#11

Image source: heleneinbetween

Tipping. In America, it’s standard to tip 15 to 20%. In Europe, tipping isn’t mandatory, but in some countries it’s a few euros or maybe 10%. Europeans are generally paid a salary to wait tables, while Americans make more money through tips.

#12

Image source: heleneinbetween

Maternity leave. In the USA there is no standard paid maternity leave, but you can get 12 weeks of unpaid leave. Whereas in Europe, there is at least 14 weeks of maternity leave, with many countries offering much more. For example, in Germany, Norway, Lithuania, Sweden and Hungary, they offer a full year or more of paid maternity leave. In Germany, you can actually take up to three years off, and it’s not just for the moms. There’s paternal leave too.

#13

Image source: heleneinbetween

Whenever you meet an American,usually the first question you’re asked is: “What do you do for a living?” This doesn’t happen the same way in Europe. In the US, people are obsessed with their jobs, and usually think of this as their identity. Don’t be obsessed with your job, be obsessed with your life.

#14

Image source: heleneinbetween

Americans are not direct at all. Europeans are super blunt, and they tend to tell you like it is. Whereas in America, we tend to give a compliment sandwich. So we stick a criticism in between two compliments, whereas Europeans will just tell you what they think. And they’ll tell you they don’t like something or if they do, whereas in America in the USA, we tend to not always be as direct.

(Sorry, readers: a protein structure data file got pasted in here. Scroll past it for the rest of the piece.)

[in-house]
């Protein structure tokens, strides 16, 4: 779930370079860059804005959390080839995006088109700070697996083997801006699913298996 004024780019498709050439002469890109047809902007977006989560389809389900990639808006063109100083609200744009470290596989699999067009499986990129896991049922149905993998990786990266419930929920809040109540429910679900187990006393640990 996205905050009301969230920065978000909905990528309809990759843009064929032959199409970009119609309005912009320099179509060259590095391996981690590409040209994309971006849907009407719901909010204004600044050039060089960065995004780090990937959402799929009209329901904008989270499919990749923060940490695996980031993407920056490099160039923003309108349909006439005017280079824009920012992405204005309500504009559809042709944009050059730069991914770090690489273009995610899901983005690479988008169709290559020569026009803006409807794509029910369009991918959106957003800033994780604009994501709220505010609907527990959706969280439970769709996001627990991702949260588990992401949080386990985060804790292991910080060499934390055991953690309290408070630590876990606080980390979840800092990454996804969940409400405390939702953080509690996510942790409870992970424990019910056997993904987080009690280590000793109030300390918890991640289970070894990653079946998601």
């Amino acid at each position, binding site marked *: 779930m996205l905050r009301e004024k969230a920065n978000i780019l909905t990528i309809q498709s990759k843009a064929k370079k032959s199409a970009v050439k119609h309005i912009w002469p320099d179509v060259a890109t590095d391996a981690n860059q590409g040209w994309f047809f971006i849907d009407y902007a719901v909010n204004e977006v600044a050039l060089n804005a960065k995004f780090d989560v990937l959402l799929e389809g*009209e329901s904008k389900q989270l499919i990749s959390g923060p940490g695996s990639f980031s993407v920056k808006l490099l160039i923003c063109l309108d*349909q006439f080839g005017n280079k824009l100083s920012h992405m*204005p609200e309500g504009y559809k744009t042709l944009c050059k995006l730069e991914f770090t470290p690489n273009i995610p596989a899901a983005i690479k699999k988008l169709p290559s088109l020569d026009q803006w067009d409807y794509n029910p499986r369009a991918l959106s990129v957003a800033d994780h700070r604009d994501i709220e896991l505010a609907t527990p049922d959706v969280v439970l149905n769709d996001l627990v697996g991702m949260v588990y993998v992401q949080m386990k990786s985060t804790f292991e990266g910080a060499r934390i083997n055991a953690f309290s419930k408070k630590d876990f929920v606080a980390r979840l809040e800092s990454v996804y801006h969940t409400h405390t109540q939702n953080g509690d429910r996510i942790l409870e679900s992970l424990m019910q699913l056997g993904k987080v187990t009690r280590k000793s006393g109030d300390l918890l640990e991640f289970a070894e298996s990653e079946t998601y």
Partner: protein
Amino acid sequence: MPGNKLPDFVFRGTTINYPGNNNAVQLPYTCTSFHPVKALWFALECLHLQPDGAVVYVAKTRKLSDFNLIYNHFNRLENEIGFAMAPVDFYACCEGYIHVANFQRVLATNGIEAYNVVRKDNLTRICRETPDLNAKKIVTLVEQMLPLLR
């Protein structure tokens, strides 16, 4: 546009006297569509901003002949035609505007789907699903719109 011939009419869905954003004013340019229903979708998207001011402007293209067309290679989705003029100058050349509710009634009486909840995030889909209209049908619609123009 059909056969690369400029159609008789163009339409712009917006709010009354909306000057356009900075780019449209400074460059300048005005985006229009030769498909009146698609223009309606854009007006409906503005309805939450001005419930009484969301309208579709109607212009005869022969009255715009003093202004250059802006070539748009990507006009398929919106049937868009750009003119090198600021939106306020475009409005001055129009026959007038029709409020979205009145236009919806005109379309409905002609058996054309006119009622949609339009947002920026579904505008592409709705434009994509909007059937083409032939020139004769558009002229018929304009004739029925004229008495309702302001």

#15

Image source: heleneinbetween

Americans love small talk. Perfect strangers might ask you how you’re doing or comment on the weather. Typically the further south you get in the US the more small talk, darlin’.

#16

Image source: heleneinbetween

Christmas lights in the USA. We go crazy for Christmas lights and over the top Christmas decorations. Even though the movies might make it look over the top, it’s totally accurate. We like to cover every square inch of our house in twinkling lights. In Europe, the city centers are often decorated and beautiful, but homes don’t usually have such over the top decorations.

One of our favorite traditions in the USA is to go Christmas light looking. We grab hot chocolate and drive around listening to Christmas music while looking at lights